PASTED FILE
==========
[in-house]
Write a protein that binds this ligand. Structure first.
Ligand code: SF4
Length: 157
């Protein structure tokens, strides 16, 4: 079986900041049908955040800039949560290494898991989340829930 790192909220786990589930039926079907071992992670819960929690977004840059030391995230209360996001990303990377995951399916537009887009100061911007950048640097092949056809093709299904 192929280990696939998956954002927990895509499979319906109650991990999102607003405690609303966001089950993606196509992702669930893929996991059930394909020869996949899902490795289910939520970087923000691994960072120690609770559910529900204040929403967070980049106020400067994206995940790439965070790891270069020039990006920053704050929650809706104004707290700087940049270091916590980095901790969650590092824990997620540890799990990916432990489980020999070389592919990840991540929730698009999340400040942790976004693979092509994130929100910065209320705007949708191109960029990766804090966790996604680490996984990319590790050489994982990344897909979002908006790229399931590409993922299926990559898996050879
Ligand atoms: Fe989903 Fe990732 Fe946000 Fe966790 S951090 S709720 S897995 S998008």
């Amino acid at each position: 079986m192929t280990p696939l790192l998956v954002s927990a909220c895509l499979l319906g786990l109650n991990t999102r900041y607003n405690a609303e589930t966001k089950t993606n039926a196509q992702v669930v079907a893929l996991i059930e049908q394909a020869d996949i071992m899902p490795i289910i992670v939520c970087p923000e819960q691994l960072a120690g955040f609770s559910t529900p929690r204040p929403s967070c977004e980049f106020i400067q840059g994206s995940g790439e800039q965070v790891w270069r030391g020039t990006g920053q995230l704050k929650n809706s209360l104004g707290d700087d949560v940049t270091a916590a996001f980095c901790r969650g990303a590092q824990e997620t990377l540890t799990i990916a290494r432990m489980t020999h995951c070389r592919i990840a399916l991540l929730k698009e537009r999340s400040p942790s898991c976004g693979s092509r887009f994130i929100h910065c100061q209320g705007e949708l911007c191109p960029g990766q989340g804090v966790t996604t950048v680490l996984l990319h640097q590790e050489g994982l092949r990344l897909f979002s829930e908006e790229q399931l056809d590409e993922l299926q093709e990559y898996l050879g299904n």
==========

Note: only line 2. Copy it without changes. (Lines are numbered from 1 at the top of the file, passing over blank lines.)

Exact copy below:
Write a protein that binds this ligand. Structure first.